• Identifying and promoting innovative practice in using space for learning, including bringing in private sector expertise on board, where appropriate.

  • Mapping empty buildings that have the potential to be transformed into schools.

  • Sharing of early information on Free School groups by Government


3. Make the education system more accessible to parents and the local community, by:

  • Making a commitment to all parents that, wherever they live in London, there is a visible mechanism for influence in the local school system.

  • Investigating the viability and value of an online hub giving London parents detailed information about all schools in London.

  • Ensuring Academies share the same data and statistical returns with local authorities at the same time that they make them available to the Department for Education

  • Making schools accountable for the onward destination of their pupils

-Giving local authorities the powers to order a financial audit or investigation for Academies, as they can currently with maintained schools.


4. Increase engagement of community governors in all schools, by:

  • Developing a charter for their governors setting out:
  • plans to recruit more widely from the local community
  • offer of training and support for new and existing governors, where appropriate
  • agreed high standards of working with local agencies
  • Ensuring that all state funded schools, including Academies, have at least one governor appointed by the local authority on behalf of the wider community.

5. Support vulnerable children to achieve positive outcomes, by:

  • Continuing to deliver a broad range of children’s services in line with their statutory duties

  • Providing Fair Access Panels with the power to issue a direction to an Academy to admit a hard-to-place pupil, as they currently do with maintained schools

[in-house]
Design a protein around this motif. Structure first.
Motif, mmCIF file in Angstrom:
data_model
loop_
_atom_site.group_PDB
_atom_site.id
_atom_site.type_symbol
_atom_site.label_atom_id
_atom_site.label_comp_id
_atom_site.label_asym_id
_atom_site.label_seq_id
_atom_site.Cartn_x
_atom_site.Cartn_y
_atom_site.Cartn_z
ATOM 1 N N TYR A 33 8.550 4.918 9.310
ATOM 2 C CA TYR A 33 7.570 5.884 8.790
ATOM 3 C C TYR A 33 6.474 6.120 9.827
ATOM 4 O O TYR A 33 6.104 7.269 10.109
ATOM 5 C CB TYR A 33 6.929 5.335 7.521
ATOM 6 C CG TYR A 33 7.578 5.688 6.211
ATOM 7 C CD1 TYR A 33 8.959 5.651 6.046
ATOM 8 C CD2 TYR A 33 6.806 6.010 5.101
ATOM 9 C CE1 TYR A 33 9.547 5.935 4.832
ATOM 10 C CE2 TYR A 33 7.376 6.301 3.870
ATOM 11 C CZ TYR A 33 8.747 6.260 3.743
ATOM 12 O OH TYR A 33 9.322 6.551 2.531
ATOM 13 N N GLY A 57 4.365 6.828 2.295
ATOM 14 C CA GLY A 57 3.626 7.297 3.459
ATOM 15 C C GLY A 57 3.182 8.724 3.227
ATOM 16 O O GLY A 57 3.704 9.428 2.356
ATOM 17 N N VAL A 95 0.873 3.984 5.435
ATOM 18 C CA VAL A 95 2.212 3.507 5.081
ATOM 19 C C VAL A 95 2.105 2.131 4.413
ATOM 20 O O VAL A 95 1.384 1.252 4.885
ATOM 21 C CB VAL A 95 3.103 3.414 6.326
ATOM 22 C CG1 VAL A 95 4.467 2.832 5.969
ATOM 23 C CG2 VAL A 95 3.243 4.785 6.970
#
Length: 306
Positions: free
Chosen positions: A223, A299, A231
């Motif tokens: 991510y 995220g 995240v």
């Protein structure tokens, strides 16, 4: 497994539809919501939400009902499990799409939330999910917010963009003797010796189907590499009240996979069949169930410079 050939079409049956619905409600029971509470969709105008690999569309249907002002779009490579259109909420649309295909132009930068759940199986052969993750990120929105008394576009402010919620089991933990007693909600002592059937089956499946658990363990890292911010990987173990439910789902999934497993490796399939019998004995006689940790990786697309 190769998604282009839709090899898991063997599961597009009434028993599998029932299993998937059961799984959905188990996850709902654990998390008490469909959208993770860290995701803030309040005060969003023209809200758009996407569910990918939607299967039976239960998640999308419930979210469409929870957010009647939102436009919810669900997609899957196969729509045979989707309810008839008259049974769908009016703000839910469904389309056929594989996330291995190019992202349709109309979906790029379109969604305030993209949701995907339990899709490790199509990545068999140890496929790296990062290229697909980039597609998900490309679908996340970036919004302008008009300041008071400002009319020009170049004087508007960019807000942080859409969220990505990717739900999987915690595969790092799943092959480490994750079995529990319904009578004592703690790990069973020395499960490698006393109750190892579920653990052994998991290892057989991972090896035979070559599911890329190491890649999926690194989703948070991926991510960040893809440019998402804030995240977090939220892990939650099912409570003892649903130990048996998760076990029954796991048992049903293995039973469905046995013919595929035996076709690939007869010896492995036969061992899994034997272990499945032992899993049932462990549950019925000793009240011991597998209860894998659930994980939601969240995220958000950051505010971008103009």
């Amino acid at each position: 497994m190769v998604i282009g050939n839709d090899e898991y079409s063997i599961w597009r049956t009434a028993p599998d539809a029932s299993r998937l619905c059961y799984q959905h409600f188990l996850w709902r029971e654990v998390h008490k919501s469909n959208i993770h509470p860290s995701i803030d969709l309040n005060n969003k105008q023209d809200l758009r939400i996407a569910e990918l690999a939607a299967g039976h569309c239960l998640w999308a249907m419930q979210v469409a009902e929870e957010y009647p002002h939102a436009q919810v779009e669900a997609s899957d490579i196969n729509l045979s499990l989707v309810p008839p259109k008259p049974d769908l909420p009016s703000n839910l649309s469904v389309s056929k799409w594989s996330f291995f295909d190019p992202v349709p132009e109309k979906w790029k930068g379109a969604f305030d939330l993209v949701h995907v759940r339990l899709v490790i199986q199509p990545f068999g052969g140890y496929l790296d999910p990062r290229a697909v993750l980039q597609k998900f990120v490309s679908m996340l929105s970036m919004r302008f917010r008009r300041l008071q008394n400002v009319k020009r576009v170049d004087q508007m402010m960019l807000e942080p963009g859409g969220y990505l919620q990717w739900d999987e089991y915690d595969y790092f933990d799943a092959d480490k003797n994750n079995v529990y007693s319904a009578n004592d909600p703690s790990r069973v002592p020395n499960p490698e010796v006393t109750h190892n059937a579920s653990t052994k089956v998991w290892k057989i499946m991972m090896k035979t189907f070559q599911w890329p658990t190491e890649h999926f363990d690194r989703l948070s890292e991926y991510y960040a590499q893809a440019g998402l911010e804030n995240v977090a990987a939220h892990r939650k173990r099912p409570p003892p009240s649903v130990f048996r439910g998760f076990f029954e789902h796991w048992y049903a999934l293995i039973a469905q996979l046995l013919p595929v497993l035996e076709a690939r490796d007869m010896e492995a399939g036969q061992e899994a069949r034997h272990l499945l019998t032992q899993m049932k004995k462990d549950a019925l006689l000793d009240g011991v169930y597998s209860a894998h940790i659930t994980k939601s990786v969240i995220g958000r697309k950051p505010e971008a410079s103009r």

You can download the full report here


David Laws on the “middle tier”

Post script- 25/09/12: The excellent Children and Young People Now magazine have just reported on a fringe at the Lib Dem conference at which the Schools Minister echoed many of the points made above.

“We need something else beyond the Department for Education (DfE), Ofsted and schools”
“I think the risk is that autonomy and freedom to innovate don’t necessarily mean we will have innovation and great schools…We have to have a mechanism to intervene if schools are weak.”
“At the moment there is an assumption that all of that can potentially be done by the DfE, but that is one hell of a challenge to do it all from Westminster and Whitehall.
“While the department has for some time been willing to get quite involved in a small number of schools – to do it with 5,000 or 10,000 schools is a totally different proposition.”
Jon Coles who is Chief Exec of the United Learning Trust and used to be Director General of Standards at the DfE also argued that:
“There is a very clear role for local authorities…There are three or four areas where they should be exercising powers.”
I recommend reading the full article here

The LGIU releases a report on LAs and the ‘middle-tier’

The LGIU (Local Government Information Unit) has just published it’s own report on the middle-tier. Findings include :

  • Admissions and accountability are two key areas where a middle-tier is needed.

  • The remit of local government should be reduced compared to the past e.g. not necessarily include school improvement, partnerships  of schools are better placed to do this.

  • LAs are better placed to provide strategic management (e.g. supply and demand for places) and accountability for tens-of-thousands of schools than central government

  • Governing bodies are not sufficiently independent to provide these functions.

  • It is debateable whether it is better to create a new middle-tier (with its cost implications) or whether to reform current LAs.

  • There is little appetite for new elected school commissioners (a policy considered by Labour early on in opposition)

  • Given that over half of academies are single bodies rather than chains, the hope that chains will take over middle tier functions has not been fulfilled

Participants in the research included: Lucy Heller,Tim Brighouse, Melissa Benn and Jon Coles. The full report includes a series of interesting concluding essays.